A lone office worker finds himself dealing with mysterious machines in the U.K. horror short The Third Hand. Prolific actor Tom Bonington, who fright fare fans may recognize from such films as The ABCs of Death 2 (2014) and A Haunting at the Rectory (2015), plays the worker, who watches snowy television and buys a candy bar on his break. The purchase is no easy feat, though, as the snack machine doesn’t want to give up its goods easily. After the worker tussles with the machine, the power goes out, leading to the man discovering a copy machine in a hidden room that makes repaired replicas of damaged items. Because the man is missing a finger on one of his hands, one idea leads to another, with gory results.
Writer/director Yonatan Weisberg serves up a short full of tension and paranoia, with clever touches of absurdist humor and existential morass. Bonington, the lone actor in the short, gives a marvelous performance as his character goes from curious and confounded to jittery and nervous, and then far beyond any of those feelings.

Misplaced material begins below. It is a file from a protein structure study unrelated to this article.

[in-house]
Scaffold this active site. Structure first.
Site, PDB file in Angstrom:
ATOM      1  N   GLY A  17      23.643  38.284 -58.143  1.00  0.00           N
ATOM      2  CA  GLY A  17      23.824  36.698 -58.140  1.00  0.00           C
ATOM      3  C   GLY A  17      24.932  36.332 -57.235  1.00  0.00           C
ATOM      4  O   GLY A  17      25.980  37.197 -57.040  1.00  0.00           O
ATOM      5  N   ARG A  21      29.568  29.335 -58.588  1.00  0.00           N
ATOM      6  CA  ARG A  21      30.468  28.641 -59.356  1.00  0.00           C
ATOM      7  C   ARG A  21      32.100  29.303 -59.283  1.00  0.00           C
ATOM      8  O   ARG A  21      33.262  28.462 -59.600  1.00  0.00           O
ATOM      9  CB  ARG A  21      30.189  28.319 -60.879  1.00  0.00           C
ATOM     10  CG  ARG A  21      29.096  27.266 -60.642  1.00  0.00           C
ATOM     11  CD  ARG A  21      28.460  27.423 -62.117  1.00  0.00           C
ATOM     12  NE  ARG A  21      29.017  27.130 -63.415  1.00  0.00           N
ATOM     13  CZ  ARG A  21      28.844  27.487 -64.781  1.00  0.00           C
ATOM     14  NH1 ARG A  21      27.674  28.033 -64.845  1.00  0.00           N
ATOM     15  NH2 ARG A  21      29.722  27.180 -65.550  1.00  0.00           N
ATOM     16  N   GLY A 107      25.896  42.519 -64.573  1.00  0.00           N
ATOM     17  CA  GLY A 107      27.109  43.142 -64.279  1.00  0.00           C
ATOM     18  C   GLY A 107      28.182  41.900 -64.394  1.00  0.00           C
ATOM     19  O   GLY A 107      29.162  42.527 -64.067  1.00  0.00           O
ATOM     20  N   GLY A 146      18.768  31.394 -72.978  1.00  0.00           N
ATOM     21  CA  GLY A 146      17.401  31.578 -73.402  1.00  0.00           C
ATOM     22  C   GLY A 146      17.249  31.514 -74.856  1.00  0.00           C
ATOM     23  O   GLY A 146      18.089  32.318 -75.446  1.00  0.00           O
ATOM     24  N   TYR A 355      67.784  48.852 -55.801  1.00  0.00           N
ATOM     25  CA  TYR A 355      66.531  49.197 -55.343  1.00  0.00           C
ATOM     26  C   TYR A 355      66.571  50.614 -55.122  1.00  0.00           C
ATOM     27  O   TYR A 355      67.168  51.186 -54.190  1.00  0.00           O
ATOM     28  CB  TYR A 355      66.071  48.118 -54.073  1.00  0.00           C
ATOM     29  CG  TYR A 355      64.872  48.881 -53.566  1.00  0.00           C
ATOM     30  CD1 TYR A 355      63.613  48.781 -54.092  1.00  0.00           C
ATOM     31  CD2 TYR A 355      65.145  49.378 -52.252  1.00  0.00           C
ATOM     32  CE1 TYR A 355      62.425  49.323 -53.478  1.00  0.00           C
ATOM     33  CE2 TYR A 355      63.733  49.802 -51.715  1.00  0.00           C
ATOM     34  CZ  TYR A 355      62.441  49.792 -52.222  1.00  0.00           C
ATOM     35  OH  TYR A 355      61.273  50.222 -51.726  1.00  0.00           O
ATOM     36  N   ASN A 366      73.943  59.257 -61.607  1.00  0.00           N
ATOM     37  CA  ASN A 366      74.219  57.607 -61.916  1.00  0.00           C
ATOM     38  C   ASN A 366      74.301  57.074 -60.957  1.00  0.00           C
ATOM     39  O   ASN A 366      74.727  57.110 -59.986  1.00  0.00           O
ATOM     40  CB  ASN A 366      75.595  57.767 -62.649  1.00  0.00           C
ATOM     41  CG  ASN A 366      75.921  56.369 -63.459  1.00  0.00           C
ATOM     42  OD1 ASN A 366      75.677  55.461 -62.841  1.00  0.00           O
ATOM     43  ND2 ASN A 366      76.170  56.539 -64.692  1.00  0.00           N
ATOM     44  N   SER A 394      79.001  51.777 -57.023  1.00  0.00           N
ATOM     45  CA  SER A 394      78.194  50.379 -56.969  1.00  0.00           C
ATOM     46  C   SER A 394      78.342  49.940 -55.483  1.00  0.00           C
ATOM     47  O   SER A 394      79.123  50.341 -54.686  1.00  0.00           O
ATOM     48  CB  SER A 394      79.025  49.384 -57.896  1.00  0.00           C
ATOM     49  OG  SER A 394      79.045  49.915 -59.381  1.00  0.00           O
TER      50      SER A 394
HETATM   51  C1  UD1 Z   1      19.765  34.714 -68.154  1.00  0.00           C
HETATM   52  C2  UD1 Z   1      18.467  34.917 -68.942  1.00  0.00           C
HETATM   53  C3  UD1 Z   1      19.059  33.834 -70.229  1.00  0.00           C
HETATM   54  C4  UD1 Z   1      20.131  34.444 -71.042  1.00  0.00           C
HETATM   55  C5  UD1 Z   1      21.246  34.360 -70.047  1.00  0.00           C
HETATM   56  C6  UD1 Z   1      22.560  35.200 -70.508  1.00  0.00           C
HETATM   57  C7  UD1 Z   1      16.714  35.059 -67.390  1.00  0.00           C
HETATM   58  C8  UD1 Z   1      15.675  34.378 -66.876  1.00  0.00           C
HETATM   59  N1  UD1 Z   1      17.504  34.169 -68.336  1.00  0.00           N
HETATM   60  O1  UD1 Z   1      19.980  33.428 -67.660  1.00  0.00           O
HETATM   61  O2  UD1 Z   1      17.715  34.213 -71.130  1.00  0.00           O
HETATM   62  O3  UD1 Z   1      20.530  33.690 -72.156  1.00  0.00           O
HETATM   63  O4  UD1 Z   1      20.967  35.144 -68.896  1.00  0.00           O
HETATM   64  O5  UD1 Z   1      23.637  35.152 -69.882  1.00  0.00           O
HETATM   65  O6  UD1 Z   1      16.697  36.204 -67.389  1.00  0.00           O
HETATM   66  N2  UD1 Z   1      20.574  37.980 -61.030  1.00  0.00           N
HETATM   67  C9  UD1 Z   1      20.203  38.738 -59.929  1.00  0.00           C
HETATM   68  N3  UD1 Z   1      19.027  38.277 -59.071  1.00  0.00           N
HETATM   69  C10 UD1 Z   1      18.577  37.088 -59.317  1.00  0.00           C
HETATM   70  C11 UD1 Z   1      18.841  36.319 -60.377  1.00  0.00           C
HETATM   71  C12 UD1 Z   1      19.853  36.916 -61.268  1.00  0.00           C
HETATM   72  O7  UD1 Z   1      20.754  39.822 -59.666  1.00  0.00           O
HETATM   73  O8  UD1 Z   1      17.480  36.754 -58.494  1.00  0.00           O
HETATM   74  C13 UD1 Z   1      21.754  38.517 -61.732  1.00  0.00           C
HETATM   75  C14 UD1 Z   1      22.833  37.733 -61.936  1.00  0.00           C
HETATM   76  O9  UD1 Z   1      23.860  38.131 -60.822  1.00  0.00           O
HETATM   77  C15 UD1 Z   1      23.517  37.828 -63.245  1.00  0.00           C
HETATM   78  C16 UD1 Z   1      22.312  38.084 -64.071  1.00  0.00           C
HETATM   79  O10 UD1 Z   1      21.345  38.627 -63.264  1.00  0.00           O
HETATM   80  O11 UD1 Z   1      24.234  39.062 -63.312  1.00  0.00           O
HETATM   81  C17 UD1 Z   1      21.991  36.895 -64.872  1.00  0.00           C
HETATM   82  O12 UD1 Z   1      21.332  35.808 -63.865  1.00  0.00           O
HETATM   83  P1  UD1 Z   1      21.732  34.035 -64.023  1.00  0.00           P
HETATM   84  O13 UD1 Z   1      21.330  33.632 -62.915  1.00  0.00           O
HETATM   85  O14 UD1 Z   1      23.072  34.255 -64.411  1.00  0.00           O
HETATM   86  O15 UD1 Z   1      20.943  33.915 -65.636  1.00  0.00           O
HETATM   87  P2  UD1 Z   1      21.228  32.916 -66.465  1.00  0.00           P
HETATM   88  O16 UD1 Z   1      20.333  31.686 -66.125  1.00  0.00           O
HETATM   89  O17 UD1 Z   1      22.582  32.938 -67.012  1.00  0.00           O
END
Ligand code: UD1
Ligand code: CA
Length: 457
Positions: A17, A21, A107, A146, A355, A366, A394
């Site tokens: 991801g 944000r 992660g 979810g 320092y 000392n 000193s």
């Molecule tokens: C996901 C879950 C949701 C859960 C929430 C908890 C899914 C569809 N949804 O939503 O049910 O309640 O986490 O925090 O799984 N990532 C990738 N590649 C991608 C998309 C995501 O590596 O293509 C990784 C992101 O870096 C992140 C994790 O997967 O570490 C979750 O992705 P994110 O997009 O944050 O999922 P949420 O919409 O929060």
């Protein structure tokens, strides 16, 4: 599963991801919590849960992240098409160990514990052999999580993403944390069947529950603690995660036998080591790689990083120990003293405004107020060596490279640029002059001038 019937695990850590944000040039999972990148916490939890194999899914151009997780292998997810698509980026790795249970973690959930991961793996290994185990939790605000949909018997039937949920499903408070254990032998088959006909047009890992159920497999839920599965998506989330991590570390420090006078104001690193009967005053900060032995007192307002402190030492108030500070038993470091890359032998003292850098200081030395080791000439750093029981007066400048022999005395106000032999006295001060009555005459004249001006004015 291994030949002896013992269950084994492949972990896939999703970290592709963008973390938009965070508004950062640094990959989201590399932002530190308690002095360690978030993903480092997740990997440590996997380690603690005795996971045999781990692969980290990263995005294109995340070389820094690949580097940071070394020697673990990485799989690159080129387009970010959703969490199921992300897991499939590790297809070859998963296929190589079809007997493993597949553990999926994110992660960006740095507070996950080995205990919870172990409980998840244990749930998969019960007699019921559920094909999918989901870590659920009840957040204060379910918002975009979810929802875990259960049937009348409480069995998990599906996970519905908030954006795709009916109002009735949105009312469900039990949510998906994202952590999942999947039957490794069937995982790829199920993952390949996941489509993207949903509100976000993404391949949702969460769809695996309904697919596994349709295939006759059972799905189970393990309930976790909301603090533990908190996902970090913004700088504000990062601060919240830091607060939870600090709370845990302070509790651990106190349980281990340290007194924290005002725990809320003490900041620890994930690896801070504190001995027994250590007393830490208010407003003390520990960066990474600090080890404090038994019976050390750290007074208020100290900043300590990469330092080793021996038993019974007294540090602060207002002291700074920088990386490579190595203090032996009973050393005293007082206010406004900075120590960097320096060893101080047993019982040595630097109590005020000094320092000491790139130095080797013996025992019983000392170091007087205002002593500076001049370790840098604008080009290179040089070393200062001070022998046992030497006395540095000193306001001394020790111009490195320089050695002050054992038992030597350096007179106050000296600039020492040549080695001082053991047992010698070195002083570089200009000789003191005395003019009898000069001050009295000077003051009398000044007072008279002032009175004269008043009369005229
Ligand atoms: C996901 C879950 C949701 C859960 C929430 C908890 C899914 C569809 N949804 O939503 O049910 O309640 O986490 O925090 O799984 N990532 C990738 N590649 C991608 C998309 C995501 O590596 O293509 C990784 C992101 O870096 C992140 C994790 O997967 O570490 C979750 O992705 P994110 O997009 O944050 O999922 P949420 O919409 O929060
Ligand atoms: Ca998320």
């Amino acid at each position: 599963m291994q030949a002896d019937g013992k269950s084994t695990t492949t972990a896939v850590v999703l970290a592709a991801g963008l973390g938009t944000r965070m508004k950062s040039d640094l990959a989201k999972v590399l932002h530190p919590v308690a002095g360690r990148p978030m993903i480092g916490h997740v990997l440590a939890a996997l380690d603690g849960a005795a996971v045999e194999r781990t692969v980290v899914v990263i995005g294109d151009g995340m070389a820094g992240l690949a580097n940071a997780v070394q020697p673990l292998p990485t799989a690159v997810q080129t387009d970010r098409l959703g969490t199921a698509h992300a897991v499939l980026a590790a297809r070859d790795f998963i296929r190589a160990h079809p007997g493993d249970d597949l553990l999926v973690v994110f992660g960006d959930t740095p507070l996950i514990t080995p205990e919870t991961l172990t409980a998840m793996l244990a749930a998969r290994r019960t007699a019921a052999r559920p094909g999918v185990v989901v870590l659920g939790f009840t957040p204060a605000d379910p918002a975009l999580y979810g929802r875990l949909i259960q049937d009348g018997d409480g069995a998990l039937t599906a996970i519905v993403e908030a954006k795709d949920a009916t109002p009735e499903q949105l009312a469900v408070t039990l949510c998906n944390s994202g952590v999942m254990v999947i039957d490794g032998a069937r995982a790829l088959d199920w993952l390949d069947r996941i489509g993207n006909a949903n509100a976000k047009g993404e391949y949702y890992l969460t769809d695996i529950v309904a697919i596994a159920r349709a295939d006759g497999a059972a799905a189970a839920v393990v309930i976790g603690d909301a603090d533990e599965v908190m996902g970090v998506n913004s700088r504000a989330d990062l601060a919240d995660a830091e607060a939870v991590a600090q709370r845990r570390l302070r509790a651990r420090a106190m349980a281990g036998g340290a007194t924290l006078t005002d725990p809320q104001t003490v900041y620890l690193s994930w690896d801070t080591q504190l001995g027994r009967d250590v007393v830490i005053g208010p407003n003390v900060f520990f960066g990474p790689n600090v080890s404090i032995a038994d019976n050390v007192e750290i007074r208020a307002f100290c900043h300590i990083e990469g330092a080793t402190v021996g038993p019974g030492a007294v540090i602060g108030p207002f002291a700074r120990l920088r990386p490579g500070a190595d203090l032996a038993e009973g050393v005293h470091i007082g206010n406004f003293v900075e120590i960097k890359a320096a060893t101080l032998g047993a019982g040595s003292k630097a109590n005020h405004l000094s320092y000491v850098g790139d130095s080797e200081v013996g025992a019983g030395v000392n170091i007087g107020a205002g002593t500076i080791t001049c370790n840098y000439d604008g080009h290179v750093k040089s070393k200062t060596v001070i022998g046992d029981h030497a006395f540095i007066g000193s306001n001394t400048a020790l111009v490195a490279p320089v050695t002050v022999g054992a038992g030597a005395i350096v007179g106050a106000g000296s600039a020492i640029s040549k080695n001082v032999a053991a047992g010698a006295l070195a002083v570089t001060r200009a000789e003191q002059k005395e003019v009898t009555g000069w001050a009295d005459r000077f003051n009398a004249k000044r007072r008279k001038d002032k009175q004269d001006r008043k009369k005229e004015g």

Director of Photography James Watson won the Cinepocalypse shorts jury Best Cinematography award, and for plenty of good reasons, such as wide angle shots showing the antiseptic hidden room and underscoring the worker’s aloneness, and extreme close-ups of parts of his nervous, twitching, sweating face. The Third Hand looks stunning, and the eerie score and Max Brodie’s unnerving sound design add perfectly to the short’s ominous, brooding feeling. Prosthetic artist Amy Thornton does a super job, but revealing exactly why here would spoil the short.
The Third Hand is a corker. Keep an eye out for it as it continues its film festival run.
The Third Hand screened at Cinepocalypse Film Fest, which ran June 13–20 in Chicago, Illinois.(4 / 5)